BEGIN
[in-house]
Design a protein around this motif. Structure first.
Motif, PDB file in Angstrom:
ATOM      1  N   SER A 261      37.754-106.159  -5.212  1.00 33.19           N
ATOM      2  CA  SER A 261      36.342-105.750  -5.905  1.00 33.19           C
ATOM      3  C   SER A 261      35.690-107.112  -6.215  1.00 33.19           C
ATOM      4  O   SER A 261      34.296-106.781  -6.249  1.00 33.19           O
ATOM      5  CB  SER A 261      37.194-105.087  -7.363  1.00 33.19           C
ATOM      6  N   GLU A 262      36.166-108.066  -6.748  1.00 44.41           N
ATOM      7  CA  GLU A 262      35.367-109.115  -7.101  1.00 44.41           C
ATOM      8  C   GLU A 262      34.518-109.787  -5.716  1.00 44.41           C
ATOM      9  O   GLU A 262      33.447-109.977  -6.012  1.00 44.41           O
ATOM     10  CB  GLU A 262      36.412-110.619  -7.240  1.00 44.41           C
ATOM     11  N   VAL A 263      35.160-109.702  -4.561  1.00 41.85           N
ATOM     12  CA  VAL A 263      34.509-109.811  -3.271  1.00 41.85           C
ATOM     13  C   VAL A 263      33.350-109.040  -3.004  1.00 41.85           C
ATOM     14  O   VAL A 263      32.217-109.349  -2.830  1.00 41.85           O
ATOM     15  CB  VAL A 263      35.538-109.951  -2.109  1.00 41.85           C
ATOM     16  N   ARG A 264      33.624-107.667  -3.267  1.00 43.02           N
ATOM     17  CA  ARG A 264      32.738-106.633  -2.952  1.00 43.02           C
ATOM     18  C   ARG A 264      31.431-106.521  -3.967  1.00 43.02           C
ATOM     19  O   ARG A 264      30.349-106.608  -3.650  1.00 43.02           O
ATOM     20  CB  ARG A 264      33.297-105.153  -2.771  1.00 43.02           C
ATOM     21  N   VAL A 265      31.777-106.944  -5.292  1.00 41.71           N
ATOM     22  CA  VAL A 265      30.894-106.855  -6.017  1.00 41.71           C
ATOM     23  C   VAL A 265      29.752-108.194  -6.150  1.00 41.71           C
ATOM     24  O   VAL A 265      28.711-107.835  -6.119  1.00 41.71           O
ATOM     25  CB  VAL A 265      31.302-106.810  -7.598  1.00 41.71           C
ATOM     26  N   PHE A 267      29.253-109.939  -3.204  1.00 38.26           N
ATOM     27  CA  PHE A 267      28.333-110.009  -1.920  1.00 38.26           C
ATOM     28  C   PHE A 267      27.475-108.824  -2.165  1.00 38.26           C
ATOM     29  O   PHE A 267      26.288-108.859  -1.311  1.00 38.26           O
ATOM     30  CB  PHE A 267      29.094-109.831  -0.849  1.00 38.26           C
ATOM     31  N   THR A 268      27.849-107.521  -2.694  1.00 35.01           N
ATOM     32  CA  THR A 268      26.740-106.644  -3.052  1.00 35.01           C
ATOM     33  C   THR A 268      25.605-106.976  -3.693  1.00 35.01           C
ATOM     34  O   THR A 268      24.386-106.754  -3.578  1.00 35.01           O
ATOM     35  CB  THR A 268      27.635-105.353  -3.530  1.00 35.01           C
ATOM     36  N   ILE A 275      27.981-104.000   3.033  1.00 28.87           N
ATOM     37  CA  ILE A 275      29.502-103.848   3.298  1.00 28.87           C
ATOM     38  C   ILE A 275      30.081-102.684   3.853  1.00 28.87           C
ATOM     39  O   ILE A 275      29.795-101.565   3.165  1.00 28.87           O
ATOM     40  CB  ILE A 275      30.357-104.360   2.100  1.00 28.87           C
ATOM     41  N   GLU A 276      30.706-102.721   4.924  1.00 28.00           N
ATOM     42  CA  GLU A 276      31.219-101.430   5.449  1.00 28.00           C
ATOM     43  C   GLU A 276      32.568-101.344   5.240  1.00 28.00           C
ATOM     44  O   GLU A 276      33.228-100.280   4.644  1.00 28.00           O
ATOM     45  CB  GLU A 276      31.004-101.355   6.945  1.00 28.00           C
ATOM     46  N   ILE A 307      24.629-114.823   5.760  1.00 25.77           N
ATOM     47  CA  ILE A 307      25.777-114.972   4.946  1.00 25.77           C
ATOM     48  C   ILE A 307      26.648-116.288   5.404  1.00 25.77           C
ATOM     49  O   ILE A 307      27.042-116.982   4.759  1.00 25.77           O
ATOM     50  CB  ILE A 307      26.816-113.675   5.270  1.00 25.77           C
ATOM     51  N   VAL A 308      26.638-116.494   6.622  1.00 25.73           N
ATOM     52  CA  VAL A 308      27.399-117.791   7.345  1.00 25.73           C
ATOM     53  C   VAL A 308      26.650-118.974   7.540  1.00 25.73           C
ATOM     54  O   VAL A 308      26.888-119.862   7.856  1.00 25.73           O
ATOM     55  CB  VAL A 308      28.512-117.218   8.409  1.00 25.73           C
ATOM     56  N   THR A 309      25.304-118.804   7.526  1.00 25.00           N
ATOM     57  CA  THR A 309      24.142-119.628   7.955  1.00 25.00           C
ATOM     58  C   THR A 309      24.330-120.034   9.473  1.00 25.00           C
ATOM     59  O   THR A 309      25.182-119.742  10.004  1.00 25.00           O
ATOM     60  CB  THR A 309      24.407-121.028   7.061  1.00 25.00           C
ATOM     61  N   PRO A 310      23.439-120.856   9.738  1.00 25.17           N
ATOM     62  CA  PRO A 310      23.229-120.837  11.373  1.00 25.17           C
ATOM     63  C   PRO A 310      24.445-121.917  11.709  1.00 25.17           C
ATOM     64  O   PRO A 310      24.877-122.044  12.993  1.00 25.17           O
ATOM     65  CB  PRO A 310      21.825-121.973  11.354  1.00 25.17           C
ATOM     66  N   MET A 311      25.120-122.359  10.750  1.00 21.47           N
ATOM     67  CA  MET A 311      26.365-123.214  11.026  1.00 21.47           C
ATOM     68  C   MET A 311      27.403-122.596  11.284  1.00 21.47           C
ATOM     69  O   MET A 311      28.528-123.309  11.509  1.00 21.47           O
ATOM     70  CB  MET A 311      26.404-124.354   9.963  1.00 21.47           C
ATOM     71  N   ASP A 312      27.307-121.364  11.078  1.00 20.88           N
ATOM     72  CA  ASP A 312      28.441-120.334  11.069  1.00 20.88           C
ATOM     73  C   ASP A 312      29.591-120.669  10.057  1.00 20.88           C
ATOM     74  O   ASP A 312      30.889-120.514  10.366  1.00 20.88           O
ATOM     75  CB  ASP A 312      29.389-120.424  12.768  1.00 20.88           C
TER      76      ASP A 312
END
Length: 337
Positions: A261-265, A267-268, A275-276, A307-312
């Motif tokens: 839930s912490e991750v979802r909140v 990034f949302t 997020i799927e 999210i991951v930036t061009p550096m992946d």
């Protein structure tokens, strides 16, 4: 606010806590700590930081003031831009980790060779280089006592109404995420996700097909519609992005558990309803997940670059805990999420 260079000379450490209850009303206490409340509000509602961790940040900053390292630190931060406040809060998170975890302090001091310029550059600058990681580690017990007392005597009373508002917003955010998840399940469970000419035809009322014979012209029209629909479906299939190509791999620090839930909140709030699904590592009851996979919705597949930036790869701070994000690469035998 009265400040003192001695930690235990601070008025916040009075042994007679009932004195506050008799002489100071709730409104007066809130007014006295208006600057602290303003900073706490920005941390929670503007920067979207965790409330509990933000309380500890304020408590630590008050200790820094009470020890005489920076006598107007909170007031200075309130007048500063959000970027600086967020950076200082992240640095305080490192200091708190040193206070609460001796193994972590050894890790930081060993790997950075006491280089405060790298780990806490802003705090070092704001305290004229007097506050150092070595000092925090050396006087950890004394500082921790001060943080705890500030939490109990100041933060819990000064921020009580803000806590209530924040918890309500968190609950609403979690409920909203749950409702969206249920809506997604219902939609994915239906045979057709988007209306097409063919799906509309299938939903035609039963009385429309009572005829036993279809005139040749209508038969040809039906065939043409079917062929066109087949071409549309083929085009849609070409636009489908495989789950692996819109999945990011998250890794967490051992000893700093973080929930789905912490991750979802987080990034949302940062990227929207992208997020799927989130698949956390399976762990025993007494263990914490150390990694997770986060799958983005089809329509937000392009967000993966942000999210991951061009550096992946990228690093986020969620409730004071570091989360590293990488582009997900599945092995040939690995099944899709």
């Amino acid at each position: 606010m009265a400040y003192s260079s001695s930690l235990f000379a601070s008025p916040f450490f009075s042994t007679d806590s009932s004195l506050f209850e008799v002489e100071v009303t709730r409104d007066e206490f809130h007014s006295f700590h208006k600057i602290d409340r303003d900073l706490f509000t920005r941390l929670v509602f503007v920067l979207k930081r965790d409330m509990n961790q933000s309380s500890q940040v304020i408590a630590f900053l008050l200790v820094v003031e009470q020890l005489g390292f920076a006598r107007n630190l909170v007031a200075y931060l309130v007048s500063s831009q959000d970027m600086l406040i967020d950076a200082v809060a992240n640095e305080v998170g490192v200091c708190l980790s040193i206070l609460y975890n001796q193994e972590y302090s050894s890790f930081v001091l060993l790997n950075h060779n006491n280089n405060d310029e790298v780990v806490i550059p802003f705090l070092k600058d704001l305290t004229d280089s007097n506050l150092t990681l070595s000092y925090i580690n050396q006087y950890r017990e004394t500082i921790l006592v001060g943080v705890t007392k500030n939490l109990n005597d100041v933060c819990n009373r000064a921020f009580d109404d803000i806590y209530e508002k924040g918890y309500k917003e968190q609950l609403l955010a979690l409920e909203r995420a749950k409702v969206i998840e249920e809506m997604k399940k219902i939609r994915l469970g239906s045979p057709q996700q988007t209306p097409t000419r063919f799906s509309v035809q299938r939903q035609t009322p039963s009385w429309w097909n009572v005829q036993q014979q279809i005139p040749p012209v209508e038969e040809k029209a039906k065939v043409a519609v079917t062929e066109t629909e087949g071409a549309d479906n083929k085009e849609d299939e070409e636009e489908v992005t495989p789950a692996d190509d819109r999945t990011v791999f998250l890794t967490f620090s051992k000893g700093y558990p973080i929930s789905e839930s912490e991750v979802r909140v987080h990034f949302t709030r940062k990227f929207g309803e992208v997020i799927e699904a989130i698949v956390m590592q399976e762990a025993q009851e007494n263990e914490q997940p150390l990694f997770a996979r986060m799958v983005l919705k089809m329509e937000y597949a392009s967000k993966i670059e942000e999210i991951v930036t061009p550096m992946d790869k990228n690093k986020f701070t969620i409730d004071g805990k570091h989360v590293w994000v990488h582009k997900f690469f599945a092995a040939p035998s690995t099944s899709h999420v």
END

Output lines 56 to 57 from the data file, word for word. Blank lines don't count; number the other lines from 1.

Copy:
ATOM     53  C   VAL A 308      26.650-118.974   7.540  1.00 25.73           C
ATOM     54  O   VAL A 308      26.888-119.862   7.856  1.00 25.73           O